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Adhesion Molecule

Sino Biological offers a wide selection of quality reagents for adhesion molecule related research, includingrecombinant proteins, antibodies, ELISA kits, and ORF cDNA clones.

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    Adhesion Molecule Background

    Adhesion molecules are a group of proteins located on the cell surface, which are involved with binding cells to one another or binding cells to the extracellular matrix (ECM). All adhesion molecules are integral membrane proteins that have cytoplasmic, transmembrane and extracellular domains. The cytoplasmic tail often interacts with cytoskeletal proteins which serve as the actual anchor within the cell. The extracellular domains of adhesion molecules extend from the cell and bind to other cells or ECM by binding to other adhesion molecules of the same type (homophilic binding), binding to other adhesion molecules of a different type (heterophilic binding) or binding to an intermediary 'linker' which itself binds to other adhesion molecules. Adhesion molecules play critical roles in a variety of biological processes. For example, one important part adhesion molecules serve in the immune system is to enhance pairing between many less avid receptors and their ligands and transmit signals that direct specific effecter functions during an inflammatory response. In development they play key roles in cell migration, tissue morphogenesis, and axon guidance. Adhesion molecules have also been discovered to play a critical role in the process of metastatic tumor dissemination.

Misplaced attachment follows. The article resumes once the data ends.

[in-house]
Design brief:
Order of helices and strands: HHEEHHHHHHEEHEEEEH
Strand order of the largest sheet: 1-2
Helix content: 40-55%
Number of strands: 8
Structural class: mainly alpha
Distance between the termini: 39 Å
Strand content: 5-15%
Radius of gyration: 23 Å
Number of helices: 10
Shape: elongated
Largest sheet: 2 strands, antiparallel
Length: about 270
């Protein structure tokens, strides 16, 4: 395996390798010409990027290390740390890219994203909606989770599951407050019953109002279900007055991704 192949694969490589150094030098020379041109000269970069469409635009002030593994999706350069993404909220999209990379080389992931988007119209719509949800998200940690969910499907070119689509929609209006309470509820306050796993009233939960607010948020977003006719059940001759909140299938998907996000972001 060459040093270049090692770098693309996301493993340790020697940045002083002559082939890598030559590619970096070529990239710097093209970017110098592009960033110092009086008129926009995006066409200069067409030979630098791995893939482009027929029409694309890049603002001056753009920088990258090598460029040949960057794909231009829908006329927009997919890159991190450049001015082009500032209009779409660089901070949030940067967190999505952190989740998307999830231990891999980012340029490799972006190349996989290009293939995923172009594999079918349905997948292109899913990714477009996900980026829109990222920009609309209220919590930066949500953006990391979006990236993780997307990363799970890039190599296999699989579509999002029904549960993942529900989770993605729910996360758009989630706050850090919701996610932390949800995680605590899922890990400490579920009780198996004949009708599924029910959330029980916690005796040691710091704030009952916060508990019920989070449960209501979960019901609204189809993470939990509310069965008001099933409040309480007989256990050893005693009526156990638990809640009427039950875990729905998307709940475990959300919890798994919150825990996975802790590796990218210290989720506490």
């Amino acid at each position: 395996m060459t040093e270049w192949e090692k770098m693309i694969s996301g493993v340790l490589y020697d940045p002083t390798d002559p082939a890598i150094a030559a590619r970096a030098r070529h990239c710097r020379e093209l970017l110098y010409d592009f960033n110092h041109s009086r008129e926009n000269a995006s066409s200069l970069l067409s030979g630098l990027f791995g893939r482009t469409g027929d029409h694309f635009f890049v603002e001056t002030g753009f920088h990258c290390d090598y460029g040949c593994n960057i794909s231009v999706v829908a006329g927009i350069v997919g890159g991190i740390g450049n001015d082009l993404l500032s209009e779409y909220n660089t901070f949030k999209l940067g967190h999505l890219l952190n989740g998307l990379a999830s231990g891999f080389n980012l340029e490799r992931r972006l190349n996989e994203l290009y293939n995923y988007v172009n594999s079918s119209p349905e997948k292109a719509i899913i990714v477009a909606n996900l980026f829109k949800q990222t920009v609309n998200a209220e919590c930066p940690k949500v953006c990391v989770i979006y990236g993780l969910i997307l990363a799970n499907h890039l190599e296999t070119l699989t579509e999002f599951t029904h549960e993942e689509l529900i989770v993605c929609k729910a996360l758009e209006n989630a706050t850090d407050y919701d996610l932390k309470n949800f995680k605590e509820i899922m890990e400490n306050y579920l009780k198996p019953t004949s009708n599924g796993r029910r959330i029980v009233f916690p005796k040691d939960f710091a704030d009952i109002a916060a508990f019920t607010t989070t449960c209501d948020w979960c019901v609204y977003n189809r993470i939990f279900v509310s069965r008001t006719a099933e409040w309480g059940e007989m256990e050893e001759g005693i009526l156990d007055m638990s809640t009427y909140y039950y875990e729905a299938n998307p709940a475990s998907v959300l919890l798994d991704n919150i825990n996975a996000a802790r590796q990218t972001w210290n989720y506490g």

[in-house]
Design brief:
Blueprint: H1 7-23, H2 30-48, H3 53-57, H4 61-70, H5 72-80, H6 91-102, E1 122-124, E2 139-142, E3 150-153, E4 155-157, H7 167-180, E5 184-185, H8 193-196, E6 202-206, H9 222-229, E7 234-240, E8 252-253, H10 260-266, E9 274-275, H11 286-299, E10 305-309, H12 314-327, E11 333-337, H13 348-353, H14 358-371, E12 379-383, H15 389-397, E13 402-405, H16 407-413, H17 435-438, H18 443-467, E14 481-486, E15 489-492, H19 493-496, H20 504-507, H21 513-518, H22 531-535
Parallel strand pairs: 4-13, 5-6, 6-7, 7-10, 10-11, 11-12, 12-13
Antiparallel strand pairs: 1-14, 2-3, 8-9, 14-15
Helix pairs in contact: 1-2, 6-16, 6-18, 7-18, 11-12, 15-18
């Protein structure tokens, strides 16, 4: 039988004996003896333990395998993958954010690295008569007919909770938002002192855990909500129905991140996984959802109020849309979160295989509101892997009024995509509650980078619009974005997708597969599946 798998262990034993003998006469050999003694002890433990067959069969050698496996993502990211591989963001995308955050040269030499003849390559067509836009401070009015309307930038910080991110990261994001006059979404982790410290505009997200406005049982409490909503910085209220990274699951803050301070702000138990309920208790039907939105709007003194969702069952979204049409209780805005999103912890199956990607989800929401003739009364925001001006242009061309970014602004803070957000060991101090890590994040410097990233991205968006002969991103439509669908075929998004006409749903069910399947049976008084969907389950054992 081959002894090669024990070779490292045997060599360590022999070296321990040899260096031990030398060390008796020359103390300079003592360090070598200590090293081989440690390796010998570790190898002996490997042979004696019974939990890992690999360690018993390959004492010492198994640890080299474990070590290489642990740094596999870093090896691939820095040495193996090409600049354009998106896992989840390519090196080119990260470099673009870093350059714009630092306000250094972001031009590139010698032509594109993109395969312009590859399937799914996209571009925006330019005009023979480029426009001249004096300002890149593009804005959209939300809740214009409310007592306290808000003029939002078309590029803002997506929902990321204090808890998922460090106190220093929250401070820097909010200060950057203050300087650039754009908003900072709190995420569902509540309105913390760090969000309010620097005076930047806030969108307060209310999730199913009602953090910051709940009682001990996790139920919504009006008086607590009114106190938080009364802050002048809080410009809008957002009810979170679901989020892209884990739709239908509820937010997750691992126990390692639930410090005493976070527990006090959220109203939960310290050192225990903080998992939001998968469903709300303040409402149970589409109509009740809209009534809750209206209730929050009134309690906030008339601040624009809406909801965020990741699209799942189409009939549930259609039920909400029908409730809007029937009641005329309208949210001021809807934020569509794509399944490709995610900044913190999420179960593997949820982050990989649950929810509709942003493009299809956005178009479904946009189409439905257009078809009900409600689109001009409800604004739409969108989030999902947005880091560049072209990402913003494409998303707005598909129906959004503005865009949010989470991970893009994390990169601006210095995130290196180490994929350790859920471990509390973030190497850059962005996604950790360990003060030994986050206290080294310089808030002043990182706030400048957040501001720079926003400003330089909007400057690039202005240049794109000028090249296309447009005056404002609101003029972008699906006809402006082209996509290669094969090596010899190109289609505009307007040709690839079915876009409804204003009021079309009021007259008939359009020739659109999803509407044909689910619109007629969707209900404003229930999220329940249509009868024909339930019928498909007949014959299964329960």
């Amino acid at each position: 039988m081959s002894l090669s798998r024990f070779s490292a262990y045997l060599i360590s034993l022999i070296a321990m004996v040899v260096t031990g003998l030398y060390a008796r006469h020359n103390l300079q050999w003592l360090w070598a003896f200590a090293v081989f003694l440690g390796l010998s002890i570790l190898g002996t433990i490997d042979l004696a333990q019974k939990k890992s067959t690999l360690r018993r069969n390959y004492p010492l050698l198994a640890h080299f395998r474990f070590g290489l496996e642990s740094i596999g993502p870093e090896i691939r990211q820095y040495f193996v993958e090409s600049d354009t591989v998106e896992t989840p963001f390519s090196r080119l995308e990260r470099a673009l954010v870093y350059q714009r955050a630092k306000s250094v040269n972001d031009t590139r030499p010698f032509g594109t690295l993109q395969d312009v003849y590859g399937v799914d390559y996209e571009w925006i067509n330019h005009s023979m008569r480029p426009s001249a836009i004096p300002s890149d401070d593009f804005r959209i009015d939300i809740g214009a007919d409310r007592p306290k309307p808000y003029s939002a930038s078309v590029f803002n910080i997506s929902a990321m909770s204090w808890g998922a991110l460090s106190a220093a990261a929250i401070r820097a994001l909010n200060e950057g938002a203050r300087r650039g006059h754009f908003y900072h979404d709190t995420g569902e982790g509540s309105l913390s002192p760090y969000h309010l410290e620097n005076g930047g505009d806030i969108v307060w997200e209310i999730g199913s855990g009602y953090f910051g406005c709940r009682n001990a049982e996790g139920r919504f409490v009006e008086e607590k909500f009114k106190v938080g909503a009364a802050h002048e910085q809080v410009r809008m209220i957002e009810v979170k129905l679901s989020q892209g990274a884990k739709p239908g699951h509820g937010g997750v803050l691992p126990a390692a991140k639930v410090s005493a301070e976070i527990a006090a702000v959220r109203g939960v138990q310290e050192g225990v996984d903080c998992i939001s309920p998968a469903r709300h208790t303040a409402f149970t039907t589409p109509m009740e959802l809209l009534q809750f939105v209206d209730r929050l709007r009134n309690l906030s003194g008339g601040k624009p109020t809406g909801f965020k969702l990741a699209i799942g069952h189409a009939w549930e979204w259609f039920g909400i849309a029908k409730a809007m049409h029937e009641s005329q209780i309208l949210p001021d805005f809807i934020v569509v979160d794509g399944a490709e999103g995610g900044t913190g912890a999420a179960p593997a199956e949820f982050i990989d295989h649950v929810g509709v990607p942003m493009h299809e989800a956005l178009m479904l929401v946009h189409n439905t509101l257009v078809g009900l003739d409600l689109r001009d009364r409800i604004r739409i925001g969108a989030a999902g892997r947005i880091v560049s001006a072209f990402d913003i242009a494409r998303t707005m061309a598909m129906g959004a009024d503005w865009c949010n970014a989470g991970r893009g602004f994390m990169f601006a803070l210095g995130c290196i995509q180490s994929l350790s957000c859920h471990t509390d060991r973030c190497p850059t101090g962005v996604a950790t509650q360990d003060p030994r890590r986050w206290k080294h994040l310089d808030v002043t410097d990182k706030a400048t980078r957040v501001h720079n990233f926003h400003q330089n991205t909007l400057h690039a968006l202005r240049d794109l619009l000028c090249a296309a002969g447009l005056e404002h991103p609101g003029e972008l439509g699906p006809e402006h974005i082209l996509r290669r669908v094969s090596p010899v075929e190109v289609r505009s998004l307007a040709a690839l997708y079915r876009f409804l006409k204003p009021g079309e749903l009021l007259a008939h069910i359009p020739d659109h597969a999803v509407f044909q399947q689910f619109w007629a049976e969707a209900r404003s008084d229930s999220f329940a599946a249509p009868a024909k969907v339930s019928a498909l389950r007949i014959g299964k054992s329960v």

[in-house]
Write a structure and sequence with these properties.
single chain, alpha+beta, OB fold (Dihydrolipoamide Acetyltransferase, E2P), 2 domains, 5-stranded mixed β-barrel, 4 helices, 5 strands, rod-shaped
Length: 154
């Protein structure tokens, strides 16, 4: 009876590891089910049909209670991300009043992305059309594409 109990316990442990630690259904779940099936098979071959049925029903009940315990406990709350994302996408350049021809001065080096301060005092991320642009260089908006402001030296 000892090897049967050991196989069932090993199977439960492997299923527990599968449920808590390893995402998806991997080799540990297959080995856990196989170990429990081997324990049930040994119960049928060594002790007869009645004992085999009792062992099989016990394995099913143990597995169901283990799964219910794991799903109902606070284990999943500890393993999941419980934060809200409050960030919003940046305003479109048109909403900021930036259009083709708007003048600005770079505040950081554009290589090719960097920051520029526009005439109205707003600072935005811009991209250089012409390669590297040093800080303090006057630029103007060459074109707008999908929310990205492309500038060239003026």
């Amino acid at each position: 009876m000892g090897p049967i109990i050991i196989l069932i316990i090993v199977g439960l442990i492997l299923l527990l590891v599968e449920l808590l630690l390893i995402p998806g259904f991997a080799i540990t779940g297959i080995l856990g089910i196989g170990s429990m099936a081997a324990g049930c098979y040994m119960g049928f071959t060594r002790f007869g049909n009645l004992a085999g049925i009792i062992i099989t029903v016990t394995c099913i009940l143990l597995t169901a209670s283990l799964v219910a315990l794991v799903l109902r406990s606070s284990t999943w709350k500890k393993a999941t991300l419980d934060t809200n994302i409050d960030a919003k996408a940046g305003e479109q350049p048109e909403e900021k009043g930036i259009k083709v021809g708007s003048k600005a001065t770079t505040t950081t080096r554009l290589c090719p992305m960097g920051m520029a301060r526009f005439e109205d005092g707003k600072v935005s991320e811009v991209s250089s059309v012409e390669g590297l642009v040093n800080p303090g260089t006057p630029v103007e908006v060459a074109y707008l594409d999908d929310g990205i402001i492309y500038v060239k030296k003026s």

Adhesion molecules include cadherins, Ig superfamily cell adhesion molecules (CAMs), integrins, lectins, and others. Cadherins cause adhesion via homophilic binding to other cadherins in a calcium-dependent manner. E-cadherin promote homotypic tumor cell adhesion function to maintain intercellular contacts that confine cells to the primary tumor site and are negatively correlated with metastatic potential. The immunoglobulin superfamily (IgSF) cell adhesion molecules (CAMs) are calcium-independent transmembrane glycoproteins, including: neural cell adhesion molecules (NCAMs), intercellular cell adhesion molecules (ICAMs), vascular cell adhesion molecule (VCAM), platelet-endothelial cell adhesion molecule (PECAM-1), endothelial cell-selective adhesion molecule (ESAM), and others. Integrins are a diverse and large group of heterodimeric glycoproteins consist of two subunits (alpha and beta), which both participate in binding. Specially, integrins facilitate "communication" between the cytoskeleton and extracellular matrix, allow each to influence the orientation and structure of the other.

    Adhesion Molecule References

      1. Zetter BR. (1993) Adhesion molecules in tumor metastasis. Semin Cancer Biol. 4(4):219-29.
      2. Ikeda H. (1998) [Cell adhesion molecule] Nippon Rinsho. 56(10):2493-9.
      3. Goodwin M, et al. (2004) Classical cadherin adhesion molecules: coordinating cell adhesion, signaling and the cytoskeleton. J Mol Histol. 35(8-9): 839–844.
      4. Tsanou E, et al. (2008) The E-cadherin adhesion molecule and colorectal cancer. A global literature approach. Anticancer Res. 28(6A):3815-26.